Traditional Armenian Food was the Highlight of the Caucasus Region
During my time in the Caucasus region, on top of the views and the friendly people, it is the traditional Armenian food that tends to remain in my mind.
Spending so much time there, I learned that traditional Armenian food was remarkably different than the Armenian foods I had grown up enjoying. Here, the language, the culture, and the dishes were labeled ‘Eastern’, while the ones I knew in the Diaspora were ‘Western’. Instead of seeing it as a roadblock, I saw it as a way to learn even more and with that same line of thinking, to expose myself to even more traditional Armenian foods.
Some of my new favorite traditional Armenian food include jingalov hats, basoots dolma, and walnut muhraba. Each one completely shocked me with its unique flavor, and the fact that all three were vegan-by-default in a very meat-centric region.
Jingalov hats, which translates roughly to “forest bread”, is said to have over 40 herbs in it during the spring and fall. More modest estimates bring the number down to around 20, but take one bite into this flavorful greens-packed traditional Armenian food, and you will be so blown away from the different tastes, it won’t matter how many are actually in there. Sometimes called a “recipe-less” dish, jingalov hats have spring onions, dill, and nettle in it as the star ingredients, mixed with some oil, salt, pepper, and put into a flat bread, which is then cooked on a saj pan, keeping it crispy on the outside and full of moisture on the inside. The result is delicious traditional Armenian food and when you get it fresh in Artsakh with the mandatory glass of red wine, it is unforgettable.
Armenian Basoots Dolma
While dolma is a more common traditional Armenian food, I first tried the basoots version in Armenia. The name means “Lenten” and is therefore vegan keeping in line with the traditions of Lent. The dish is essentially pickled cabbage that is stuffed with grains, lentils, beans, tomato paste and spices and boiled until tender. It is hearty, nutritious, and absolutely unique in its resulting flavor, especially as a result of the pickled cabbage. The Kovkas restaurant in Yerevan has some of the best tasting basoots dolma I have personally ever tried!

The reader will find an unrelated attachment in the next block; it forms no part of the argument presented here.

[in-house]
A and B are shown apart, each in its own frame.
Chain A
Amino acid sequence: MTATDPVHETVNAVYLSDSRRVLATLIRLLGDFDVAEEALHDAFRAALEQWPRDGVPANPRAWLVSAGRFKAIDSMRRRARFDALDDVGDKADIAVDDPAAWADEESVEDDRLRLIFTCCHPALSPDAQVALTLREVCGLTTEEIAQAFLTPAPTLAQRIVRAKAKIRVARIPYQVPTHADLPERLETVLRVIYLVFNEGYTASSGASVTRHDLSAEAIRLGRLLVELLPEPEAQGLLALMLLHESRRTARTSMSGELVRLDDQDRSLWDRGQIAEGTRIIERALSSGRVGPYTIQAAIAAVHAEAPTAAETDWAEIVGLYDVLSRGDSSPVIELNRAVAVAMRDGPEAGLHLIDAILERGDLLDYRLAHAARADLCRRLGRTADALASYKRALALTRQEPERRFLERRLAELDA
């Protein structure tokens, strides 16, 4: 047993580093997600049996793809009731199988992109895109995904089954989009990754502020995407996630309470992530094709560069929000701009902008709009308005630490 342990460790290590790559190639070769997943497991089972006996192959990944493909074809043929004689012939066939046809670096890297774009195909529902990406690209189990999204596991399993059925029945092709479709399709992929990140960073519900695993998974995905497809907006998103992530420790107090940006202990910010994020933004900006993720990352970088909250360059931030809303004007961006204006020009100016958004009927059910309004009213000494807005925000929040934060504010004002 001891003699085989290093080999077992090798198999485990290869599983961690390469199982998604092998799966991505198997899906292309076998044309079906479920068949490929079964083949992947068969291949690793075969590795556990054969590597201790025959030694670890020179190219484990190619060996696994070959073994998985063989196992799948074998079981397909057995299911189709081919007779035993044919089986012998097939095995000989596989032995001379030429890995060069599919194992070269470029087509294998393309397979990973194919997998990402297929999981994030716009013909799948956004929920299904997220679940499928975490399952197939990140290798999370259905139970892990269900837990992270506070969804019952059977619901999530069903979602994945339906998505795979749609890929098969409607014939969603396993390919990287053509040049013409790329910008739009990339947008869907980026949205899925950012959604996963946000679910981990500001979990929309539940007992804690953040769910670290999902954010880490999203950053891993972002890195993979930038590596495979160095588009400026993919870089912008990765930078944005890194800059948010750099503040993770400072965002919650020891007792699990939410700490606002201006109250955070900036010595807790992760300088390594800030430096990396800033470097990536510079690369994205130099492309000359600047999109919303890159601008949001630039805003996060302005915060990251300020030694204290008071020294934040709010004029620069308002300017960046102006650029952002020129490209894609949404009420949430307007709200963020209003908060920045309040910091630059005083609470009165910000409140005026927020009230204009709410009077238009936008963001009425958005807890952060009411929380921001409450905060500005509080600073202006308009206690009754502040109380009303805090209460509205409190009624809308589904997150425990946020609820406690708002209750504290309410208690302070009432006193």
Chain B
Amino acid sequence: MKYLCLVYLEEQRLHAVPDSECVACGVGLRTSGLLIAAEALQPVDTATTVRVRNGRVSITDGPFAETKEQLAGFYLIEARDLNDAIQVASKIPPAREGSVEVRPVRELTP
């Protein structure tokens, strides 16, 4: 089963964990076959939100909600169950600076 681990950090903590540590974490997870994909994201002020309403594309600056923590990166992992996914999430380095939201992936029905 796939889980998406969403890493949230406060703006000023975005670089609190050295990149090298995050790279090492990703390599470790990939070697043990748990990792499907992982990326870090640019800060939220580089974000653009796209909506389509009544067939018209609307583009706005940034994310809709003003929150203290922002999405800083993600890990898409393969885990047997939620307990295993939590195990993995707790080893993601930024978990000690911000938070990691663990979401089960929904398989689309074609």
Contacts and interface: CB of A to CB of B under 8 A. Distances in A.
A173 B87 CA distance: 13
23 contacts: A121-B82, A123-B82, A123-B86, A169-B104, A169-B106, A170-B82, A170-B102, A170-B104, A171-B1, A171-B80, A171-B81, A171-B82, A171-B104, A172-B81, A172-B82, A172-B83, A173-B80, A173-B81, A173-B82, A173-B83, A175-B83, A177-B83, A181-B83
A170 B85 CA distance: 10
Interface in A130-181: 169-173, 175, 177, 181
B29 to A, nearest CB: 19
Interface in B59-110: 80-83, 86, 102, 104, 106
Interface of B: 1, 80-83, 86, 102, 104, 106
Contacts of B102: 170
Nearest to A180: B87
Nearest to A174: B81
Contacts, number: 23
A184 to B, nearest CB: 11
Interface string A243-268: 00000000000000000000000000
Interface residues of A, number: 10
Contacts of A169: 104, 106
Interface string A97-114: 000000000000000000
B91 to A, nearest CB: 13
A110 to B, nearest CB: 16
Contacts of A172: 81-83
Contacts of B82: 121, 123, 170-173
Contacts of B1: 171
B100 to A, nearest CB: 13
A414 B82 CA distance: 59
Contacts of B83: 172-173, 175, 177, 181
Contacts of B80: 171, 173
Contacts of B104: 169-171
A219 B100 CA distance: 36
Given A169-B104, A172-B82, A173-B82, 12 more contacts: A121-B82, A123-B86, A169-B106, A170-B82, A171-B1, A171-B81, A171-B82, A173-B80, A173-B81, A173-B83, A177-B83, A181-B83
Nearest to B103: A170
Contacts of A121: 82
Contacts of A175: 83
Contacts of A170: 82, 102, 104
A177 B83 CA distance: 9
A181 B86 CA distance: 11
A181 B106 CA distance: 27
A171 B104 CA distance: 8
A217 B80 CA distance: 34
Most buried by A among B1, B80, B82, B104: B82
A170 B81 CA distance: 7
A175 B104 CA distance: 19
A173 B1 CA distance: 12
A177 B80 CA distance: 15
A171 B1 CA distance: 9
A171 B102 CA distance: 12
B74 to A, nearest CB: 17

Last but not least is walnut muhraba, the sweetest of the traditional Armenian foods on my list and the only one I have not yet made myself, and after learning more about the intensive process, may be content on just buying it from Gumi Shuga in downtown Yerevan. It is essentially walnuts that are picked when they are still green, which are then soaked, dipped, marinated/pickled in a clove and cinnamon—and many other ingredient—infusion, multiple times, until they are deeply blackened and crunchy while still packed with moisture on the inside. One bite into these small but powerful treats is enough to make you want to buy as many jars as possible to take with you anywhere you go.
While there are many other local Armenian foods and dishes that I have tried and loved, these three, in terms of their unique flavors and lasting effects, have become my top dishes to indulge in when in Armenia!